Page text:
Cushing's Disease Defined



When high doses of steroids are taken for a long period, the result is Cushing's disease. Drugs such as prednisone, dexamethasone or hydrocortisone are often used in excessive amounts to treat life-threatening illnesses (asthma, certain allergies, or rheumatoid arthritis, for example).

Unfortunately, Cushing's becomes a necessary side-effect. It happens when the pituitary gland produced too much cortisol in the adrenals. Experts divide the causes into two groups: The first are due to excessive amounts of ACTH (adrenocorticotrophic hormone); the second is independent of ACTH.

The most common cause is a pituitary tumor that stimulates the adrenals to grow, thus producing an excess of cortisol. This is known as Cushing's disease and it is liable for approximately 70 percent of spontaneous Cushing's.

To be clear, there are other, serious causes for this problem. If ACTH is being produced outside the pituitary gland, in a lung tumor – benign or malignant – or thymus gland, pancreas, or other organ, it is referred to as "ectopic ACTH production."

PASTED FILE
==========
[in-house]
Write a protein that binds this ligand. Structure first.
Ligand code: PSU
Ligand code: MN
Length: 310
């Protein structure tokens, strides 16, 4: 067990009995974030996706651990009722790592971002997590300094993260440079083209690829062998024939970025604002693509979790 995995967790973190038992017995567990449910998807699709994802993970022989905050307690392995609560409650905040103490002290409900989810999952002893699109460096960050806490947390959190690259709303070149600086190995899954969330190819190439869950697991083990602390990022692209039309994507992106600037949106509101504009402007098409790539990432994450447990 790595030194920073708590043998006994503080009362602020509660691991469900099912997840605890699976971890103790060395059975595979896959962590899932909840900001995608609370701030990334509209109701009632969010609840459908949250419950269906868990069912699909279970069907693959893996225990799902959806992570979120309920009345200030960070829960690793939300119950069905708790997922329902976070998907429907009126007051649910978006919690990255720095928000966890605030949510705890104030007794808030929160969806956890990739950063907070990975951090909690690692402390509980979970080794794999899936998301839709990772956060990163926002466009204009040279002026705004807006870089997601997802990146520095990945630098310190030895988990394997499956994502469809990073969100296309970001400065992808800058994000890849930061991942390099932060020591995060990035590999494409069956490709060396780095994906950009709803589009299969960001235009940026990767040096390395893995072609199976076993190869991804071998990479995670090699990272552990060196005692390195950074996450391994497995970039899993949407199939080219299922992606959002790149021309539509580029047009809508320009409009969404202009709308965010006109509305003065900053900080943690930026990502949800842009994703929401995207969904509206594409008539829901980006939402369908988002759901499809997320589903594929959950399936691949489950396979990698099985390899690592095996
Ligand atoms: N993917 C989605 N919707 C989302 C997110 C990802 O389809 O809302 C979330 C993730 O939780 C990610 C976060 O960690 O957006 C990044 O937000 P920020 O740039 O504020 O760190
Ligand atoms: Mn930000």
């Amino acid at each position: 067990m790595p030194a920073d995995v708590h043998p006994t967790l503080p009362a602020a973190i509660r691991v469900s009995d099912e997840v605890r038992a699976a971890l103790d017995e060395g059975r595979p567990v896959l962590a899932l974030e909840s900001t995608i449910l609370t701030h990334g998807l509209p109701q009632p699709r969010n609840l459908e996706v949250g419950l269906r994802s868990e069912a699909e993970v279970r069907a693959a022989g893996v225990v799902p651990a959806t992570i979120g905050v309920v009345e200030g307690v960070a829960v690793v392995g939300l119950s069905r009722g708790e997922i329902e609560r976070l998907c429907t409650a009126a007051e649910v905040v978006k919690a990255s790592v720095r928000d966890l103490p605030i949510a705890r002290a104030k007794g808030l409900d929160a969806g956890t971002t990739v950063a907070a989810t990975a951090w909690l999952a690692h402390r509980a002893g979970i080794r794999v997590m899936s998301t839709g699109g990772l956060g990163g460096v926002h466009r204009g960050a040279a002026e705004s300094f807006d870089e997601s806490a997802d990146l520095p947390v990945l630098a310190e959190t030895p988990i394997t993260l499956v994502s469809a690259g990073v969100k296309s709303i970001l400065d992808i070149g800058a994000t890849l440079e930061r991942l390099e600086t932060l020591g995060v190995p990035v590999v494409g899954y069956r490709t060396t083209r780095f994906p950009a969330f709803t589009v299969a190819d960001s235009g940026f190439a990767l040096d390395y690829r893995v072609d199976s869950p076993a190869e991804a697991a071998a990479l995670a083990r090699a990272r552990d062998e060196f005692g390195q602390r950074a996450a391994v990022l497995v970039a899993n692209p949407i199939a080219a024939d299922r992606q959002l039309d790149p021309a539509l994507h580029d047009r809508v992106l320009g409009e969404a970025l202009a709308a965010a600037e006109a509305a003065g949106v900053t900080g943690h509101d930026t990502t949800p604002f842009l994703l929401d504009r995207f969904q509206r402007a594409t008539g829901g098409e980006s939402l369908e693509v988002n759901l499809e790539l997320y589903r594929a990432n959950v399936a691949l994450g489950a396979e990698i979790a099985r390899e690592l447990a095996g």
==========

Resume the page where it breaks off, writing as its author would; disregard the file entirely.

Little is known about what causes these tumors. Scientists have only been able to determine that genetics, immunity and environmental factors do not play a role in their occurrence. What is known is that nearly all types of spontaneous Cushing's are caused by tumors.

Symptoms vary, but most sufferers will have upper body fat, rounded faces, and increased fat around the neck. They also have thinning arms and legs. Children tend to be obese and appear to have slowed growth rates.

The skin is fragile and thin, bruises easily and does not heal well. Purplish-pink stretch marks can appear on the abdomen, thighs, arms and breasts. The bones are weak and routine activities, lifting or rising from a chair, may lead to aches – sometimes even rib and spinal fractures.

Cushing's is a disease that the scientific community at-large is still learning about. Advances in technology continue to improve their knowledge. Alternative treatments have also proved to aid those who suffer from this disease.


Source by Janet Markowitz

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